Laboratory for Molecular Diagnostics
Center for Nephrology and Metabolic Disorders

Pseudohypoparathyroidism

Pseudohypoparathyroidism is characterized by elevated plasma levels of PTH and symptoms consistent with reduced PTH levels - hence a resistance of peripheral organs to PTH.

Classification

Type 1 is further branched into types 1a, 1b, 1c. Type 1a is equivalent to Albright hereditary osteodystrophy, type 1b has not skeletal abnormalities, and in type 1c the protein shows normal activity in erythrocytes.

Differentials

Type 1 is cause by mutation or impaired imprinting of GNAS1 gene. In contrast to type 2 the renal cAMP excretion in response to PTH administration is blunted. Type 2 is not yet characterized genetically.

The genetic background of type 2 pseudohypoparathyroidism is not yet characterized. Moreover, severe vitamin D deficiency resembles pseudohypoparathyroidism with normal renal cAMP response to PTH, so an acquired disease or a hereditary disease in vitamin D metabolism have to be ruled out prior to searching a gene responsible for pseudohypoparathyroidism type 2.[Error: Macro 'ref' doesn't exist]

Systematic

Metabolic bone disease
Hereditary Rickets
Inherited human diseases of heterotopic bone formation
Osteopetrosis
Osteoporosis/renal Osteodystrophy
Pseudohypoparathyroidism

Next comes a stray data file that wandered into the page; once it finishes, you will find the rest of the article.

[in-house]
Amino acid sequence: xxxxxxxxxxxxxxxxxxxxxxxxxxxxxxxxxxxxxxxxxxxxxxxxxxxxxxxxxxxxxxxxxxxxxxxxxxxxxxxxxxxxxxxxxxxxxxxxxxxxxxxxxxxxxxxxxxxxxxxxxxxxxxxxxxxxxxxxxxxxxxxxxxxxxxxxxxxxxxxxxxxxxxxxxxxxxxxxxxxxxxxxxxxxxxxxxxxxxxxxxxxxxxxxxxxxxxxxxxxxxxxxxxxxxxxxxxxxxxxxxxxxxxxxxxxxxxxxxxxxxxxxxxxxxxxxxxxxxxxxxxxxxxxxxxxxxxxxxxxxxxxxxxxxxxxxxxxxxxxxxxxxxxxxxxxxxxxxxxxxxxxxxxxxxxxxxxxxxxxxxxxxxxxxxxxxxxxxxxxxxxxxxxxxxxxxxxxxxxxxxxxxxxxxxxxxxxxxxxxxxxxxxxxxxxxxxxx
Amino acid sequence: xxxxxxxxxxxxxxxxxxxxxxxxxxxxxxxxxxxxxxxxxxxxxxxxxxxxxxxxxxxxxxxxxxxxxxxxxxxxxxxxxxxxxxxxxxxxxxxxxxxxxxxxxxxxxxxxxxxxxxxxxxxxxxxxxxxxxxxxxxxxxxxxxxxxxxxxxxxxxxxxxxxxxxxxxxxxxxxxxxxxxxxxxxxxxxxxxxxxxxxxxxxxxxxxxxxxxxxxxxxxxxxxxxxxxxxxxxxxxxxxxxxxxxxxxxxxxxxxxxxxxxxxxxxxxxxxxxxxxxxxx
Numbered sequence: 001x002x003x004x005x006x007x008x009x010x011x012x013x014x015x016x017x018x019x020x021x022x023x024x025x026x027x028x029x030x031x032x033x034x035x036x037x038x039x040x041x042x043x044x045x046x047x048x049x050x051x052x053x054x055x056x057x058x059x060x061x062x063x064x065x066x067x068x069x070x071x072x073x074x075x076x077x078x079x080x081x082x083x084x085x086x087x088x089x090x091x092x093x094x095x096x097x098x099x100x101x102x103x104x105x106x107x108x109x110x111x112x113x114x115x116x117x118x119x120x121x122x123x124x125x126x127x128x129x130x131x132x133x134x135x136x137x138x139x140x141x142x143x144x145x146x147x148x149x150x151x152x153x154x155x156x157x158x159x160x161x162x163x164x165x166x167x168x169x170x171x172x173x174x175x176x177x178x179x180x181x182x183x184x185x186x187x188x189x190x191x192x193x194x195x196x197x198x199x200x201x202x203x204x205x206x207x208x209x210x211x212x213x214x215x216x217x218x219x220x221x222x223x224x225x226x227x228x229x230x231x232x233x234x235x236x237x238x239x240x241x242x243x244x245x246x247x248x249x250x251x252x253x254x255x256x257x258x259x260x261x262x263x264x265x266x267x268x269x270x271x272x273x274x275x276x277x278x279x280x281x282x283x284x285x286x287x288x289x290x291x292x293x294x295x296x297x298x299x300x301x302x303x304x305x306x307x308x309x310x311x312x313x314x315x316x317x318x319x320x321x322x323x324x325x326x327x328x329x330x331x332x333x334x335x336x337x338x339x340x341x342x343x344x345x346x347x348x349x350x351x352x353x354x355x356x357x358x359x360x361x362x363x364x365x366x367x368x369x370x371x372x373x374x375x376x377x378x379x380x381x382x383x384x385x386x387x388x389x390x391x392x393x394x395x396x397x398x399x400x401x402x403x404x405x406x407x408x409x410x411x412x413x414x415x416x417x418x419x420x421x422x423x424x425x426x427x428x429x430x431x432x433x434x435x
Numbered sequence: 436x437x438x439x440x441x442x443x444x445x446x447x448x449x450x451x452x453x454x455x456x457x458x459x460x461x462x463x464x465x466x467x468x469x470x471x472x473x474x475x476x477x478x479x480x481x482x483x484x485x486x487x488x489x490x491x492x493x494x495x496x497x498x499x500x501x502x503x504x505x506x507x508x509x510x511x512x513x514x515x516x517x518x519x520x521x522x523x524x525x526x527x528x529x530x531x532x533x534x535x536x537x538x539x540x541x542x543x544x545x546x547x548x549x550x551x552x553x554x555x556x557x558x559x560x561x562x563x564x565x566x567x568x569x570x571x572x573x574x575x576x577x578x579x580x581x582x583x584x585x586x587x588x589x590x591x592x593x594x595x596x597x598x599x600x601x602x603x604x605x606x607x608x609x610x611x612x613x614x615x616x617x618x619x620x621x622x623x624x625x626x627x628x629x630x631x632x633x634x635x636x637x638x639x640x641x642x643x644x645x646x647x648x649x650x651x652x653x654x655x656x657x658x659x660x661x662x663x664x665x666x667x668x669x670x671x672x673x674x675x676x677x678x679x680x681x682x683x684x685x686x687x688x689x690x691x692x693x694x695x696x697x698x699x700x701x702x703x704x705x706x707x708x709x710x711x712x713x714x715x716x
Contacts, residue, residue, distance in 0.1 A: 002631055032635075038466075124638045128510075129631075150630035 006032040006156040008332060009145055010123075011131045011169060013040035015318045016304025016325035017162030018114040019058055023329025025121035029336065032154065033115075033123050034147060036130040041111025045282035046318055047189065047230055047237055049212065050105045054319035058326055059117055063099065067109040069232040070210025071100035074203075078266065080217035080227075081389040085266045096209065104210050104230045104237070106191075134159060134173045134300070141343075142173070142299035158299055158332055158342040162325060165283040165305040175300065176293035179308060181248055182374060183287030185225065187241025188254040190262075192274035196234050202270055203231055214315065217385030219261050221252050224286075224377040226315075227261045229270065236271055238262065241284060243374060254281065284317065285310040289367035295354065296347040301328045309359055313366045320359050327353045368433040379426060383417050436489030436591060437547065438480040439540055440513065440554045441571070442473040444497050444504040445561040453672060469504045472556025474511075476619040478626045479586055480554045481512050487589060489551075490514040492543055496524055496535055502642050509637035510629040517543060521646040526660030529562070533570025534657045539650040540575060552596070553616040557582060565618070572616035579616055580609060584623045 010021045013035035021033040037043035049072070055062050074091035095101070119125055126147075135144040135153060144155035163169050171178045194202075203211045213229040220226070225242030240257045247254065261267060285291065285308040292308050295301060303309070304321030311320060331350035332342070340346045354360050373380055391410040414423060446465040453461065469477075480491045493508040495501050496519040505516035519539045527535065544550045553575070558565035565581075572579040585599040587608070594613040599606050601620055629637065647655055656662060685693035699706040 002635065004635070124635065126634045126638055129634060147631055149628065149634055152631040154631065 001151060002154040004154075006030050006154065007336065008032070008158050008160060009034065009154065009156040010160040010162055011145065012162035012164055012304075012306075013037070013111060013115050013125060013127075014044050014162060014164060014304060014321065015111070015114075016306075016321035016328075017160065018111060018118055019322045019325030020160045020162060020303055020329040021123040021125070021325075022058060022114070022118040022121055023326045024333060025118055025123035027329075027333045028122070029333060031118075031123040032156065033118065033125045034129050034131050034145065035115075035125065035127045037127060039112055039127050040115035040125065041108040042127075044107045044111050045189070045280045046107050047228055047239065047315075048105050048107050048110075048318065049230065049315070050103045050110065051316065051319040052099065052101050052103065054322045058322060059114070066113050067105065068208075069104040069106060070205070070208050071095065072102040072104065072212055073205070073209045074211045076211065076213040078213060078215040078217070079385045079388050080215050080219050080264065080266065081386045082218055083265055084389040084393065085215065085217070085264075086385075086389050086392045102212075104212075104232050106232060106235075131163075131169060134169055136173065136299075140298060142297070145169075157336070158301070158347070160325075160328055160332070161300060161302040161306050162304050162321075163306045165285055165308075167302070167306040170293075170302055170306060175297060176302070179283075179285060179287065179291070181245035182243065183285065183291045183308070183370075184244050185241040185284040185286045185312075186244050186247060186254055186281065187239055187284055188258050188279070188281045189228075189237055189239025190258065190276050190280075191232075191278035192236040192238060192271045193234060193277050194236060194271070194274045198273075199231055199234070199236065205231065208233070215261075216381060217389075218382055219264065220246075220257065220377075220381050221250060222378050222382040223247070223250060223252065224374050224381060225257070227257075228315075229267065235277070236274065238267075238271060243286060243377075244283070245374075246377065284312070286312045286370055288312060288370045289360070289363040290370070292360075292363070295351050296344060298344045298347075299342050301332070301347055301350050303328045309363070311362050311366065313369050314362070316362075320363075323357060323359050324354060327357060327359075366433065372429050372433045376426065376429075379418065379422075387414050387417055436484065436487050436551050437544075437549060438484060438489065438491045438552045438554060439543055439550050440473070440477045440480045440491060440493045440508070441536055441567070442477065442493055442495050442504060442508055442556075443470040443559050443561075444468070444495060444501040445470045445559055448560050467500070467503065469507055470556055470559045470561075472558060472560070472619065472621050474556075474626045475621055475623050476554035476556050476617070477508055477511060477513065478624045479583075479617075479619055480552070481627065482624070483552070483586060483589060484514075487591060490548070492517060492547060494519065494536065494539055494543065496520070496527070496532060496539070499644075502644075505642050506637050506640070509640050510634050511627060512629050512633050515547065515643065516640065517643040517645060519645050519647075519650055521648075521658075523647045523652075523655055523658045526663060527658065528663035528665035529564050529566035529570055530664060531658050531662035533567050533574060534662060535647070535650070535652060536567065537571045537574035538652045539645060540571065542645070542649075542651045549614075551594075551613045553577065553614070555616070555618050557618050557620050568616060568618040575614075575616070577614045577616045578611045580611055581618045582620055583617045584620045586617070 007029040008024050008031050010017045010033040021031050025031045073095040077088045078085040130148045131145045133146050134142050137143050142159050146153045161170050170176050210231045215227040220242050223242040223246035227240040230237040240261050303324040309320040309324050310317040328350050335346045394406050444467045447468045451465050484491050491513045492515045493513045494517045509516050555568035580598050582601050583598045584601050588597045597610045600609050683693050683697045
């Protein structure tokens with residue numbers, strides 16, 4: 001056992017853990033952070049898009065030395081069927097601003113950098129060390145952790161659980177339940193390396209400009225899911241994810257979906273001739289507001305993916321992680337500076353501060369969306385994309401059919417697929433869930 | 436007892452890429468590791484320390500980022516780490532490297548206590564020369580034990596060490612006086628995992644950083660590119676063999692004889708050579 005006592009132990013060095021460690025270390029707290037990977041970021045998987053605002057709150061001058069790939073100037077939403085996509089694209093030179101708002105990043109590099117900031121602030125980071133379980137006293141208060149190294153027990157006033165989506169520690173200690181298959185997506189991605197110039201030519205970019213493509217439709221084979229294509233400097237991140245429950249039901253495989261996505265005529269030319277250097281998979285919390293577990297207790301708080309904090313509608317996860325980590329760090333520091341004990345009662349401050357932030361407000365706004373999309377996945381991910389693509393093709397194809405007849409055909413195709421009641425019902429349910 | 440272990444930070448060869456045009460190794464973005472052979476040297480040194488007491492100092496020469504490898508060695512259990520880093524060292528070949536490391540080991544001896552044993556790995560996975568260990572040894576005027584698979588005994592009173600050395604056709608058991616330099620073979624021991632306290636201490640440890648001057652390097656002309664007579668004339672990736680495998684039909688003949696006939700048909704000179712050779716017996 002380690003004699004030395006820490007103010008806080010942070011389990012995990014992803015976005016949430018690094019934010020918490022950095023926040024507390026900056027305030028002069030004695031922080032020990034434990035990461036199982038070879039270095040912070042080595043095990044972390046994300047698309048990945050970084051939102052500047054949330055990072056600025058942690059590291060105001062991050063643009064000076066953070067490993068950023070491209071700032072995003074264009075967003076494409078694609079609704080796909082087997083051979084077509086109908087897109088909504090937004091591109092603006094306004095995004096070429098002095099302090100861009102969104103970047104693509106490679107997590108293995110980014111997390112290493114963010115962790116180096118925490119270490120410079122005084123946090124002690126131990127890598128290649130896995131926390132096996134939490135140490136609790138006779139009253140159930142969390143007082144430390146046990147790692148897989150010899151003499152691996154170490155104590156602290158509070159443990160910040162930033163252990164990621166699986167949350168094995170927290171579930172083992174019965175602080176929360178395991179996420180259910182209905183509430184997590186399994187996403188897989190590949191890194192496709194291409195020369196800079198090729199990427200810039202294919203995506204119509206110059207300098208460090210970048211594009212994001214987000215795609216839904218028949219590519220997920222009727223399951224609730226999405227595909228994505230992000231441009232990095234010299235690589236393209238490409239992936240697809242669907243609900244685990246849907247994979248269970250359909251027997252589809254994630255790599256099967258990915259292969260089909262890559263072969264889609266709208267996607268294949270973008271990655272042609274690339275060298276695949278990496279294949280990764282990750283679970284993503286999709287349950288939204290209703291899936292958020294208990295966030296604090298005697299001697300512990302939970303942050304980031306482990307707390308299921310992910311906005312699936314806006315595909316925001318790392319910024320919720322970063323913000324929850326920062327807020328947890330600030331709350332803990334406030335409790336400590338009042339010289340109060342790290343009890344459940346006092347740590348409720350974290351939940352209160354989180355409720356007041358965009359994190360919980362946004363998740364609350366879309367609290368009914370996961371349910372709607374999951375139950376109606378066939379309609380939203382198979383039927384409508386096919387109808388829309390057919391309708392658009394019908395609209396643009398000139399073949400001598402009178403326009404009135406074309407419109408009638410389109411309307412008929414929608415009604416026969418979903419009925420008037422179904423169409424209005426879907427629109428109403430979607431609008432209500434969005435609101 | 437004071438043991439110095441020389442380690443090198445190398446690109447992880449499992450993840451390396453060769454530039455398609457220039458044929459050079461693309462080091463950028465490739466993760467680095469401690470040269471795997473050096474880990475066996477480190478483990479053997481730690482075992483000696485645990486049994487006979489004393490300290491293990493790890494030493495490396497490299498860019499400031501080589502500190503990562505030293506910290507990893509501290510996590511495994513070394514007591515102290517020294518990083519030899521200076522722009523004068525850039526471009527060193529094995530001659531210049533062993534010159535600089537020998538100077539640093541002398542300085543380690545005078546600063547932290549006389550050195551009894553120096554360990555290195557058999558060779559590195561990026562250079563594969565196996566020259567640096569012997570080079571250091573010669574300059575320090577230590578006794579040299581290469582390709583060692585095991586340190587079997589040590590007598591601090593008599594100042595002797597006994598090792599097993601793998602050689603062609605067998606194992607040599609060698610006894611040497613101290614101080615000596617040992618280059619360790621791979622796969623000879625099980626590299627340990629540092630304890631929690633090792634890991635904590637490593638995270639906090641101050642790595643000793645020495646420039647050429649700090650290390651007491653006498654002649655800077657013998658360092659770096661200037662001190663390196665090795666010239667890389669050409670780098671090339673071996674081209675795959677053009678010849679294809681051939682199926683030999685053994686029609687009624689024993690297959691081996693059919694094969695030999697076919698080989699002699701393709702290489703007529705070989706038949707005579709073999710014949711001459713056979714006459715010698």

Albright hereditary osteodystrophy
GNAS
Pseudohypoparathyroidism type IB
GNAS
STX16

References:

1.

Linglart A et al. (2002) GNAS1 lesions in pseudohypoparathyroidism Ia and Ic: genotype phenotype relationship and evidence of the maternal transmission of the hormonal resistance.

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2.

Rao DS et al. (1985) Dissociation between the effects of endogenous parathyroid hormone on adenosine 3',5'-monophosphate generation and phosphate reabsorption in hypocalcemia due to vitamin D depletion: an acquired disorder resembling pseudohypoparathyroidism type II.

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3.

Drezner M et al. (1973) Pseudohypoparathyroidism type II: a possible defect in the reception of the cyclic AMP signal.

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Update: Sept. 26, 2018